The best books if you find genre boundaries kind of silly

Why am I passionate about this?

As an immigrant, an Asian American, and a gender-questioning person, I’ve never fit comfortably anywhere. So perhaps it’s no surprise that my writing isn’t easily categorizable either: many have told me that my work is too literary to be considered SF/F and too SF/F to be strictly literary. But what is genre anyway? My favorite books have always been the ones that straddled genres, and every time I read a wonderful book that can’t be easily labeled or marketed, I grow even more sure that the future of literature lies in fluid, boundary-crossing, transgressive texts. Here are some of my favorites—I hope you enjoy them.


I wrote...

Book cover of Deep as the Sky, Red as the Sea

What is my book about?

When Shek Yeung sees a Portuguese sailor slay her husband, a feared pirate, she knows she must act swiftly or die. Instead of mourning, Shek Yeung launches a new plan: immediately marrying her husband’s second-in-command, and agreeing to bear him a son and heir, in order to retain power over her half of the fleet.

But as Shek Yeung vies for control over the army she knows she was born to lead, larger threats loom. The Chinese Emperor has charged a brutal, crafty nobleman with ridding the South China Seas of pirates, and the Europeans have new plans for the area. Even worse, Shek Yeung’s cutthroat retributions create problems all their own. As Shek Yeung navigates new motherhood and the crises of leadership, she must decide how long she's willing to fight.

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The books I picked & why

Book cover of The Rock Eaters: Stories

Rita Chang-Eppig Why did I love this book?

Short story collections are funny things: some are strong from start to finish, and some… read as if the author wrote all the other stories over the course of a weekend after one of their stories garnered public attention. No, I will not name names.

Peynado’s The Rock Eaters is a glowing example of the former. The collection spans genres: realist, science fiction, magical realist. What all the stories have in common is Peynado’s controlled hand and breadth of imagination, not to mention her keen insights into what it’s like to exist in the real world, a world fraught with gun violence, racism, and xenophobia.

You finish the collection feeling like you’ve traversed worlds and, in the process, learned something new about the world we live in.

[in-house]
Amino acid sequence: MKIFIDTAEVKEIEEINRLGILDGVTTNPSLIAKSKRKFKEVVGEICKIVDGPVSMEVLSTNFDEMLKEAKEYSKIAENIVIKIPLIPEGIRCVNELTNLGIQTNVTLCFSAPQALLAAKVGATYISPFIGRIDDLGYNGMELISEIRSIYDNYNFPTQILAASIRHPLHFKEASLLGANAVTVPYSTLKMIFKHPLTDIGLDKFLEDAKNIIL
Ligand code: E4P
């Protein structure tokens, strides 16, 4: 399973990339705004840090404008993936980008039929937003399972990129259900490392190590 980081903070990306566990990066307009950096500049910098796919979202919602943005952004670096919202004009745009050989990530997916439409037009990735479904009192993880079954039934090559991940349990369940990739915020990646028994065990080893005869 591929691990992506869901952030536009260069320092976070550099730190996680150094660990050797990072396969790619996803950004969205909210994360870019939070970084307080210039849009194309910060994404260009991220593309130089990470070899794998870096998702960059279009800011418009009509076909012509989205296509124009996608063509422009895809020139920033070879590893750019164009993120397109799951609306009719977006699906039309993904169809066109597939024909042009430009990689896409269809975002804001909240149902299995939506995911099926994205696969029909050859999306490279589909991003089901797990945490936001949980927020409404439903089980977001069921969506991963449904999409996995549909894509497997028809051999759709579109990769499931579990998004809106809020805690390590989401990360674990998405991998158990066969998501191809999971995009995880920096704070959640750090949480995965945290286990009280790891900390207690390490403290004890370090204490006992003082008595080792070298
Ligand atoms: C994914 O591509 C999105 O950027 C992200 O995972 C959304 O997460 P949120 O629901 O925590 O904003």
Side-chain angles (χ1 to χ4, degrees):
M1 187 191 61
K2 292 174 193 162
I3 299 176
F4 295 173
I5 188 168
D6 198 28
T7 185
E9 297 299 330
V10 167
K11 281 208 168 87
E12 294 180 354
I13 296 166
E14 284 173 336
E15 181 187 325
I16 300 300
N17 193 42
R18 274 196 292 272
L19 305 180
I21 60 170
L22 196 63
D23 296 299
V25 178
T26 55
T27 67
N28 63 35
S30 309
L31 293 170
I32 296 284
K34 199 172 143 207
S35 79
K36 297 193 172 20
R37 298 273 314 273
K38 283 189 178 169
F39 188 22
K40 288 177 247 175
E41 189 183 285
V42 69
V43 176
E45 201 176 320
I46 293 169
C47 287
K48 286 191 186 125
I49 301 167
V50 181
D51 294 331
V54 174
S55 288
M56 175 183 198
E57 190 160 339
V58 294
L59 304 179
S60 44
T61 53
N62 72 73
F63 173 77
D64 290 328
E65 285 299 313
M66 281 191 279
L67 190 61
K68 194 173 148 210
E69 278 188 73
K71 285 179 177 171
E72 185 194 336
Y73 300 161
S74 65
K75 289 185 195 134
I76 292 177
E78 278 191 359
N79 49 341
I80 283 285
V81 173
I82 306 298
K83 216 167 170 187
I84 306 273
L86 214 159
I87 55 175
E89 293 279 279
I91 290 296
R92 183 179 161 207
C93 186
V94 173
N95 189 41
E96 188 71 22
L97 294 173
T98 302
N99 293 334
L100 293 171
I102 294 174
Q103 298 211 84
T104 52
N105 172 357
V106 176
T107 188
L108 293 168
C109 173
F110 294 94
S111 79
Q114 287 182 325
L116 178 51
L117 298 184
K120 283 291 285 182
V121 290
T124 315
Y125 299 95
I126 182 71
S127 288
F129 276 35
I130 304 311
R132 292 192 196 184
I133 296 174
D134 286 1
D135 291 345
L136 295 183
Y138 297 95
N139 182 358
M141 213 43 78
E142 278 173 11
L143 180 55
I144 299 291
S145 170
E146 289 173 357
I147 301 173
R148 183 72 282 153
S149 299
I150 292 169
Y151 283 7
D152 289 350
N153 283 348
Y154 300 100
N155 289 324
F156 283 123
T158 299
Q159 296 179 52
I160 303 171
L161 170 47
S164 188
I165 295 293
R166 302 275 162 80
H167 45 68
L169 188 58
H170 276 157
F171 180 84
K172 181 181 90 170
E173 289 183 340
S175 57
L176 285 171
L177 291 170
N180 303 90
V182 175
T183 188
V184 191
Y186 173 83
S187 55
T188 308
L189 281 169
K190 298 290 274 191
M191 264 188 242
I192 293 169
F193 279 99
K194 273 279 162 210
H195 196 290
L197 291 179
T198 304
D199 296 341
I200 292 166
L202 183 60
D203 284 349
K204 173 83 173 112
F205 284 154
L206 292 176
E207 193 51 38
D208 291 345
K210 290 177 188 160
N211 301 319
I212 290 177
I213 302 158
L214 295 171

By Brenda Peynado,

Why should I read it?

2 authors picked The Rock Eaters as one of their favorite books, and they share why you should read it.

What is this book about?

A story collection, in the vein of Carmen Maria Machado, Kelly Link, and Nana Kwame Adjei-Brenyah, spanning worlds and dimensions, using strange and speculative elements to tackle issues ranging from class differences to immigration to first-generation experiences to xenophobia
 
What does it mean to be other? What does it mean to love in a world determined to keep us apart?
 
These questions murmur in the heart of each of Brenda Peynado's strange and singular stories. Threaded with magic, transcending time and place, these stories explore what it means to cross borders and break down walls, personally and politically. In one…


Book cover of Light from Other Stars

Rita Chang-Eppig Why did I love this book?

It is my sincerest belief that science fiction loses its purpose when it focuses too much on the science and too little on the humans (or aliens, or sentient spores) at the center of the story.

No one can accuse Swyler’s Light from Other Stars of that. Straddling the line between literary and science fiction, this novel is about space travel, yes, but it’s also about parent-child bonds, friendship, and the people of a small town in Florida in all their idiosyncrasies, virtues, and flaws.

This novel will make you think (mostly about physics), but it will also make you deeply feel.     

By Erika Swyler,

Why should I read it?

3 authors picked Light from Other Stars as one of their favorite books, and they share why you should read it.

What is this book about?

A Long Island Reads 2020 Selection * A Real Simple Best Book of 2019

From the bestselling author of The Book of Speculation, a “tender and ambitious” (Vulture) novel about time, loss, and the wonders of the universe.

Eleven-year-old Nedda Papas is obsessed with becoming an astronaut. In 1986 in Easter, a small Florida Space Coast town, her dreams seem almost within reach--if she can just grow up fast enough. Theo, the scientist father she idolizes, is consumed by his own obsessions. Laid off from his job at NASA and still reeling from the loss of Nedda's newborn brother several…


Book cover of Interior Chinatown

Rita Chang-Eppig Why did I love this book?

Yu’s Interior Chinatown won the National Book Award because it married form and function in the most spectacular way.

Written in part like a screenplay, the novel tells the story of Willis Wu, an actor trying to break out from the role of “Generic Asian Man.” Unless you’ve been living under a rock for the past few years, you’ve probably heard about the push for better Asian representation in Hollywood. That certainly plays a role in the book, but there is also interrogation and critique here.

A novel written in the form of a screenplay could have easily turned into a gimmick. Yu made it art.